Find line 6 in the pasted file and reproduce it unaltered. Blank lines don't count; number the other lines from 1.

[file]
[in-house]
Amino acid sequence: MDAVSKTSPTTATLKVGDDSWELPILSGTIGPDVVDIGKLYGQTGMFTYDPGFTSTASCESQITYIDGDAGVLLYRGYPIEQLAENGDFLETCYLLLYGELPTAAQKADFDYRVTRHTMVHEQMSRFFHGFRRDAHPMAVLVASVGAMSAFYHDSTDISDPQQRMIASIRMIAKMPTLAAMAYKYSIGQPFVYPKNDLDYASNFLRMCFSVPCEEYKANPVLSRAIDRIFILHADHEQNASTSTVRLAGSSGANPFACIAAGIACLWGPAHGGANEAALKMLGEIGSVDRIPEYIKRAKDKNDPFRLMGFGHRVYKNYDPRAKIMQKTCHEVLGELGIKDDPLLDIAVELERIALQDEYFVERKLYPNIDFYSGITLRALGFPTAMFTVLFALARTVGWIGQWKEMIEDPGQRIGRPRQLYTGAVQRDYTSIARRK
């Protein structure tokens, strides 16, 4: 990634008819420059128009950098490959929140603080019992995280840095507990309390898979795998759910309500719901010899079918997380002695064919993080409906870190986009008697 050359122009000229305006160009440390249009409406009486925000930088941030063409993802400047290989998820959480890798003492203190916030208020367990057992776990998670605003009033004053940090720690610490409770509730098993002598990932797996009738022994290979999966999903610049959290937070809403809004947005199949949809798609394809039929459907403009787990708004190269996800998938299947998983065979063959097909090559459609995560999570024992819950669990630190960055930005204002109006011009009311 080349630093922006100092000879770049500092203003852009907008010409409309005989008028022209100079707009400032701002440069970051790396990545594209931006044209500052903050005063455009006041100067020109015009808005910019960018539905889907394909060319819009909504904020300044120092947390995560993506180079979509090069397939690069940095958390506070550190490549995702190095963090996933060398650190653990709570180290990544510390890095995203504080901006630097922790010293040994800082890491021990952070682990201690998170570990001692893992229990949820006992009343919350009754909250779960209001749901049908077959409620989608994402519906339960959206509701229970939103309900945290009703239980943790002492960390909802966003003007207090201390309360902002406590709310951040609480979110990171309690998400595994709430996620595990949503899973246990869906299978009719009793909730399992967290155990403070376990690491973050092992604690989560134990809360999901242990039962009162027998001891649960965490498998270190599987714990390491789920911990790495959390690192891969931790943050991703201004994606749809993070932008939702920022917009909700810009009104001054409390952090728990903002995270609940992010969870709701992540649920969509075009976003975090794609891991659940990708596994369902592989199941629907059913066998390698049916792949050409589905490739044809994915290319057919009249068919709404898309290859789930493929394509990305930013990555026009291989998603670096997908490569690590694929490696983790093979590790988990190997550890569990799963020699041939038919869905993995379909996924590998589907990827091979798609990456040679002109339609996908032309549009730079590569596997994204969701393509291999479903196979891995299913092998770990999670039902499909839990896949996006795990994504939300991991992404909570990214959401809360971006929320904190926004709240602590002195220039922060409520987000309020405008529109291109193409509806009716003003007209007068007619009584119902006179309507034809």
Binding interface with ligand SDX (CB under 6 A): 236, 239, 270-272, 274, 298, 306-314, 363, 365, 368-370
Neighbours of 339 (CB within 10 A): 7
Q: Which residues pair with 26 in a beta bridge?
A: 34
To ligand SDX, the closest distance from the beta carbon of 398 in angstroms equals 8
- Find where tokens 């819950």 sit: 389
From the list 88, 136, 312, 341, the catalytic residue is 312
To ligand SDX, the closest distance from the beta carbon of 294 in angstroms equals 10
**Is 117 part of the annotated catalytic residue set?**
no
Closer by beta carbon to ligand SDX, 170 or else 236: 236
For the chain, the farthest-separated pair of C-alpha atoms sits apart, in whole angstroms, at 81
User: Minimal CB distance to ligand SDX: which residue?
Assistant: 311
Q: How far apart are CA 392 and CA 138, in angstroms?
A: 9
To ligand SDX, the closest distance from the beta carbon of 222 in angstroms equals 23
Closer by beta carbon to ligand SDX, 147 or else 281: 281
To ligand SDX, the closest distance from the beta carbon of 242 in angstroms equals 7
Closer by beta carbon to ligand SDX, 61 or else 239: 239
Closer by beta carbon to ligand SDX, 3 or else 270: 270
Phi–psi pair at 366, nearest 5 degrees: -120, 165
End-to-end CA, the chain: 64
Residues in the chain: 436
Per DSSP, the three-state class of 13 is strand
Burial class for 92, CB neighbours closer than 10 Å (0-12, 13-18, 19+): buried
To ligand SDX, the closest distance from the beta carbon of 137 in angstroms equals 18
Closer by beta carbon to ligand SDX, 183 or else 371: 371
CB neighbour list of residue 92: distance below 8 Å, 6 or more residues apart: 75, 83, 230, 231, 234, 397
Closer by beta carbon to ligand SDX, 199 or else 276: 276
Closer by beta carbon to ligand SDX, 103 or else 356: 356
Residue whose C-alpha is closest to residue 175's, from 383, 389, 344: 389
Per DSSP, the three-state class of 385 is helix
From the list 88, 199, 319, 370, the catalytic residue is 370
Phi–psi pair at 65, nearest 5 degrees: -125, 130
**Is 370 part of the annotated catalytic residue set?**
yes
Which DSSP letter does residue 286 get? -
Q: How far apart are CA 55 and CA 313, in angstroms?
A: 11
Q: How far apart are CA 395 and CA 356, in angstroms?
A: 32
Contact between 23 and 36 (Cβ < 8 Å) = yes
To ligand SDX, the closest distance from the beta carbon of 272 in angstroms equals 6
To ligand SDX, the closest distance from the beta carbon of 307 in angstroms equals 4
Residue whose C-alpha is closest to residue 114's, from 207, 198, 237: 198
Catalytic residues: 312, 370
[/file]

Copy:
Q: Which residues pair with 26 in a beta bridge?